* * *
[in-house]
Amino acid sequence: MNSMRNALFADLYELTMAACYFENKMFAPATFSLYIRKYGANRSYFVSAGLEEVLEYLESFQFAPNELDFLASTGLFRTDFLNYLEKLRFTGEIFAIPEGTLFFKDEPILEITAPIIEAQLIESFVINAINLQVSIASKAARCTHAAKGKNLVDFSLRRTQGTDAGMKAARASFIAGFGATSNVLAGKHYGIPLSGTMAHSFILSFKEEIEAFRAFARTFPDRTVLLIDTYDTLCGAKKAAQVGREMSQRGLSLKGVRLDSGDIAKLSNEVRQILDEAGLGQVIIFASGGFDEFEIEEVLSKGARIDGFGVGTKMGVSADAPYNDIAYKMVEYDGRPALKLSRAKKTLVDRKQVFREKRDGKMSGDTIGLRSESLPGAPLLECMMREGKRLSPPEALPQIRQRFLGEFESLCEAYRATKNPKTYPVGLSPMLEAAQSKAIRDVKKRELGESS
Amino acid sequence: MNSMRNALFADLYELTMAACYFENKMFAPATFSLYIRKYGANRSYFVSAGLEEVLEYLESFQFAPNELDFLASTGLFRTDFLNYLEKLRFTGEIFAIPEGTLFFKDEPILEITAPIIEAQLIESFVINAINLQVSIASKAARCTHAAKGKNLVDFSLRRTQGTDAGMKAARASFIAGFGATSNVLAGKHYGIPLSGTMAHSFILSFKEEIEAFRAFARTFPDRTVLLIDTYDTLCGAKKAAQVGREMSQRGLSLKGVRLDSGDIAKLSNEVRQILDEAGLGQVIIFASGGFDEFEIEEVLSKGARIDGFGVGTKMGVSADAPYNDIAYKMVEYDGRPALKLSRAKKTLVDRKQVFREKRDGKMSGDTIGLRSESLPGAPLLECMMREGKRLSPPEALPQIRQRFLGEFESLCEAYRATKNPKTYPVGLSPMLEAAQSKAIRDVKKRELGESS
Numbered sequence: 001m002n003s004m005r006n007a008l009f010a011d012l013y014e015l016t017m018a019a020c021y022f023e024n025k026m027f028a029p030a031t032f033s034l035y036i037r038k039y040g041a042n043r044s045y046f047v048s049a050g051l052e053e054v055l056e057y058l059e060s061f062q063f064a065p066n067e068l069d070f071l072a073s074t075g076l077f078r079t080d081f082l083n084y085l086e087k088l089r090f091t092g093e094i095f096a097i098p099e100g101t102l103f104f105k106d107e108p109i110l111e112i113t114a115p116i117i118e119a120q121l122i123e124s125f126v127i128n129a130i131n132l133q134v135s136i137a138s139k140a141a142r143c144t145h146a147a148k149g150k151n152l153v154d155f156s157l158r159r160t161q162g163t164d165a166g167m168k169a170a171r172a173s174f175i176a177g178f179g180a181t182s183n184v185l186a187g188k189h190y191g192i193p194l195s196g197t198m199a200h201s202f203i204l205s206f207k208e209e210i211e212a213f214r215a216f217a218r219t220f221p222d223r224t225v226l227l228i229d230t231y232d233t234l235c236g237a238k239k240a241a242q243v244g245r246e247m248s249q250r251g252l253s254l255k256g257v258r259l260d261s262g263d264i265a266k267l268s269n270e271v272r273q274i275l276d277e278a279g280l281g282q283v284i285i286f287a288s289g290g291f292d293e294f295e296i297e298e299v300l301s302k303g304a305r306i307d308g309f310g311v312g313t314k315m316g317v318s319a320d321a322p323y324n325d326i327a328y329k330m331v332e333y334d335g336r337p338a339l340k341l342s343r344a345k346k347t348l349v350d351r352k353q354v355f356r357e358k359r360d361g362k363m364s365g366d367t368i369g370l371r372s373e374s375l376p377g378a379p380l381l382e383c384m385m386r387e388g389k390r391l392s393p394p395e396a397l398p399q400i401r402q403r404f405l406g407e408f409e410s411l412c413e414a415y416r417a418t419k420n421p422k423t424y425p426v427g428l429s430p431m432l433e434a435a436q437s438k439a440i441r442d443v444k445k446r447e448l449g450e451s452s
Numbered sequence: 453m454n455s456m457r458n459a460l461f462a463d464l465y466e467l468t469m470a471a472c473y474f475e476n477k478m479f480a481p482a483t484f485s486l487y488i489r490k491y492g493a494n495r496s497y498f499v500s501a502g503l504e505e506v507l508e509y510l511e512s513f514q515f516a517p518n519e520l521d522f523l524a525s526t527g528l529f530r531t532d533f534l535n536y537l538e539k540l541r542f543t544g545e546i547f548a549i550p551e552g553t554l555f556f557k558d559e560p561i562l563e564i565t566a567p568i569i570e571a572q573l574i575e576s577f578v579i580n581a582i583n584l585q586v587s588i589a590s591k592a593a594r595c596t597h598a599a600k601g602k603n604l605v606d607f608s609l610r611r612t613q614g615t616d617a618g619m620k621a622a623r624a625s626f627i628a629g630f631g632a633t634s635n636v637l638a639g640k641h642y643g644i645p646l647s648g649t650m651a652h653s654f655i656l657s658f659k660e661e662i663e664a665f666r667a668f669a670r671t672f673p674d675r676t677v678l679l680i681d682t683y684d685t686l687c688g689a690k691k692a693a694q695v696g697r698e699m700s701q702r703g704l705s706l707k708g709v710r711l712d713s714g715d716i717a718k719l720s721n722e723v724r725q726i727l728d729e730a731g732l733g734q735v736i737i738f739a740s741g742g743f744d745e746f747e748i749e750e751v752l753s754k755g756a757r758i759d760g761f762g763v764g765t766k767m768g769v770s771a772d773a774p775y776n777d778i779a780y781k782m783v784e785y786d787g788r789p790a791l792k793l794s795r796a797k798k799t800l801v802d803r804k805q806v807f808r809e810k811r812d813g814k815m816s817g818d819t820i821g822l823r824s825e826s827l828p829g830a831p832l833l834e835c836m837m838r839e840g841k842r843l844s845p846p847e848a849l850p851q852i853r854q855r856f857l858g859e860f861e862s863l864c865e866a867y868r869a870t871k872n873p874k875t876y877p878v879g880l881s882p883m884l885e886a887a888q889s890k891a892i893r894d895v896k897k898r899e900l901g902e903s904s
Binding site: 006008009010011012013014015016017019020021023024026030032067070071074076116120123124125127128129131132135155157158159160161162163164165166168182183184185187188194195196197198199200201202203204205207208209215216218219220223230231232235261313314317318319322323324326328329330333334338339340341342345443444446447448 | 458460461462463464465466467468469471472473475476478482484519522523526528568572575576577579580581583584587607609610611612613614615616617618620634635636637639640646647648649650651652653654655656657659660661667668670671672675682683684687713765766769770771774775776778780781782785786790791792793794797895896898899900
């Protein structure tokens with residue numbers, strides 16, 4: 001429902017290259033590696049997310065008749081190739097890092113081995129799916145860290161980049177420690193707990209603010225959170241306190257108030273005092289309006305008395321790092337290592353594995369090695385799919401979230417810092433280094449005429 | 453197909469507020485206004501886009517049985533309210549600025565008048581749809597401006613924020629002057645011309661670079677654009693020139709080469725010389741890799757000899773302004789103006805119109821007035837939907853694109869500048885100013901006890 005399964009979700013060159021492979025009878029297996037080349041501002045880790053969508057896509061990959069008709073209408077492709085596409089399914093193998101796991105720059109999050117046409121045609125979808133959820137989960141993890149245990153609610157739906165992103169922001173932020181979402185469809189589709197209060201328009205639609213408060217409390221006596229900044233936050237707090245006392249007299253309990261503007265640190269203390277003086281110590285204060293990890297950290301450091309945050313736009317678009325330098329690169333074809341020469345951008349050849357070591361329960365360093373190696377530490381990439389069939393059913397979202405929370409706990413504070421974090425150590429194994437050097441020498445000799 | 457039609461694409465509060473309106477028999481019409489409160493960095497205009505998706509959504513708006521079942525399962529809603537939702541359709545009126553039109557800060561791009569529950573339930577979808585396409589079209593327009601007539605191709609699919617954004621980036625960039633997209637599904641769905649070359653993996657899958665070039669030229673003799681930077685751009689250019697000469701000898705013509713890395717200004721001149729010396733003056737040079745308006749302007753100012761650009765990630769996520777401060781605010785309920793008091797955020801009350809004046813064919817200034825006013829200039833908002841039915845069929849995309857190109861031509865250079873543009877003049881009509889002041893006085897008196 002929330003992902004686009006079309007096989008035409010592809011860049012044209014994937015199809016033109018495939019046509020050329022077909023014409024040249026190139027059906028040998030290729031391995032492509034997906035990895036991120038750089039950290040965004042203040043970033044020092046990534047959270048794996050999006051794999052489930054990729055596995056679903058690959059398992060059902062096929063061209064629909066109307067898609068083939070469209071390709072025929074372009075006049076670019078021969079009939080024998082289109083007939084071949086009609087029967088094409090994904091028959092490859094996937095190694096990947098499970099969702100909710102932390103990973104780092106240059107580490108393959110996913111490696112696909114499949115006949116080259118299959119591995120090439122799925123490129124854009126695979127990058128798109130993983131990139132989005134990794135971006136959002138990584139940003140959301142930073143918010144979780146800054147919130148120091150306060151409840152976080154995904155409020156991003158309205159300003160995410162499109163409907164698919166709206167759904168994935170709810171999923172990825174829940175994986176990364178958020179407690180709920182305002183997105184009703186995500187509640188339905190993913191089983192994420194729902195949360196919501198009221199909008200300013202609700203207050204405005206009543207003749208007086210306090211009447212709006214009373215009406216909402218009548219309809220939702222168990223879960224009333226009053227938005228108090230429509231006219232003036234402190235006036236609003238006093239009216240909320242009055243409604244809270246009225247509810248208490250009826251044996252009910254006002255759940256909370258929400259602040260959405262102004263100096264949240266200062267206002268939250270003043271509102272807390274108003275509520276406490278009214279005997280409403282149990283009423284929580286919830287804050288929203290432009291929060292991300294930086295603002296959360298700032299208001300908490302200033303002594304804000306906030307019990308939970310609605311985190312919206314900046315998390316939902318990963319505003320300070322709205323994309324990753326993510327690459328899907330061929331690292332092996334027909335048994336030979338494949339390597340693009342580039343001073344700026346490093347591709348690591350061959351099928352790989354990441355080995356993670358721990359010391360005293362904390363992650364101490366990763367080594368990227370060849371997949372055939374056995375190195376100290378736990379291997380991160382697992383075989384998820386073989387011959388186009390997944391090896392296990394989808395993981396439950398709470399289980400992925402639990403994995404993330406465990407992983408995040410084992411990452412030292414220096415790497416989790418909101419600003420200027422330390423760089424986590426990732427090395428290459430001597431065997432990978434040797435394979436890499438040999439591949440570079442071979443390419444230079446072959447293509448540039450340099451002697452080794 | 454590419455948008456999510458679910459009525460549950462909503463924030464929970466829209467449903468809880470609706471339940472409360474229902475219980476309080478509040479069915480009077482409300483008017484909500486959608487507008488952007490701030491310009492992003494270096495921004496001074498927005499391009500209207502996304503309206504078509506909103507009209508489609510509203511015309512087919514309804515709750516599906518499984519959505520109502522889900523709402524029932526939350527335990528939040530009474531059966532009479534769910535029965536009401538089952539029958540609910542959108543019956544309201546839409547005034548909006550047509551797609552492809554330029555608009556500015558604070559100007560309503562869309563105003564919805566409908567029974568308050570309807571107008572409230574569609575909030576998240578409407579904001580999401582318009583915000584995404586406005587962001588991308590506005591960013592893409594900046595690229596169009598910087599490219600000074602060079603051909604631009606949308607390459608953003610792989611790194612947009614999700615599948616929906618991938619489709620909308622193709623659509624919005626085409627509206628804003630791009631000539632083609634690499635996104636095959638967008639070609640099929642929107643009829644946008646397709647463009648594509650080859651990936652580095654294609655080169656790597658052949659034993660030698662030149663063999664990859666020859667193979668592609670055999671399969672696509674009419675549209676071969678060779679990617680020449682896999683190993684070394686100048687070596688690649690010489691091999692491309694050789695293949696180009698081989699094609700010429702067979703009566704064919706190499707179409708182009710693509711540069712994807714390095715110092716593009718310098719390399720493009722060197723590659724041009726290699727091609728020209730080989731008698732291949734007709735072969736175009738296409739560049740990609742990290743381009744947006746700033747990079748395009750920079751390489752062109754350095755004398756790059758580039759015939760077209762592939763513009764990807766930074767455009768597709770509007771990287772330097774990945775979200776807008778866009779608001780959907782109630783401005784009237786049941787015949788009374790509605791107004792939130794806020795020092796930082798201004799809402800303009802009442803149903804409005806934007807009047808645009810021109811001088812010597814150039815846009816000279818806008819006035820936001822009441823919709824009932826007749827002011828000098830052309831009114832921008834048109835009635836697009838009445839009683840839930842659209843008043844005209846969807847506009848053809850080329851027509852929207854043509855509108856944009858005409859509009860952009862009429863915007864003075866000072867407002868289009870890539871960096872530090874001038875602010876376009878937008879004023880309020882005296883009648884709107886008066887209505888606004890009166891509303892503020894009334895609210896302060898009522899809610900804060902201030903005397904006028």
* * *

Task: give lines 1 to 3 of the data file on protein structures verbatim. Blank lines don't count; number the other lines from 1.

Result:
[in-house]
Amino acid sequence: MNSMRNALFADLYELTMAACYFENKMFAPATFSLYIRKYGANRSYFVSAGLEEVLEYLESFQFAPNELDFLASTGLFRTDFLNYLEKLRFTGEIFAIPEGTLFFKDEPILEITAPIIEAQLIESFVINAINLQVSIASKAARCTHAAKGKNLVDFSLRRTQGTDAGMKAARASFIAGFGATSNVLAGKHYGIPLSGTMAHSFILSFKEEIEAFRAFARTFPDRTVLLIDTYDTLCGAKKAAQVGREMSQRGLSLKGVRLDSGDIAKLSNEVRQILDEAGLGQVIIFASGGFDEFEIEEVLSKGARIDGFGVGTKMGVSADAPYNDIAYKMVEYDGRPALKLSRAKKTLVDRKQVFREKRDGKMSGDTIGLRSESLPGAPLLECMMREGKRLSPPEALPQIRQRFLGEFESLCEAYRATKNPKTYPVGLSPMLEAAQSKAIRDVKKRELGESS
Amino acid sequence: MNSMRNALFADLYELTMAACYFENKMFAPATFSLYIRKYGANRSYFVSAGLEEVLEYLESFQFAPNELDFLASTGLFRTDFLNYLEKLRFTGEIFAIPEGTLFFKDEPILEITAPIIEAQLIESFVINAINLQVSIASKAARCTHAAKGKNLVDFSLRRTQGTDAGMKAARASFIAGFGATSNVLAGKHYGIPLSGTMAHSFILSFKEEIEAFRAFARTFPDRTVLLIDTYDTLCGAKKAAQVGREMSQRGLSLKGVRLDSGDIAKLSNEVRQILDEAGLGQVIIFASGGFDEFEIEEVLSKGARIDGFGVGTKMGVSADAPYNDIAYKMVEYDGRPALKLSRAKKTLVDRKQVFREKRDGKMSGDTIGLRSESLPGAPLLECMMREGKRLSPPEALPQIRQRFLGEFESLCEAYRATKNPKTYPVGLSPMLEAAQSKAIRDVKKRELGESS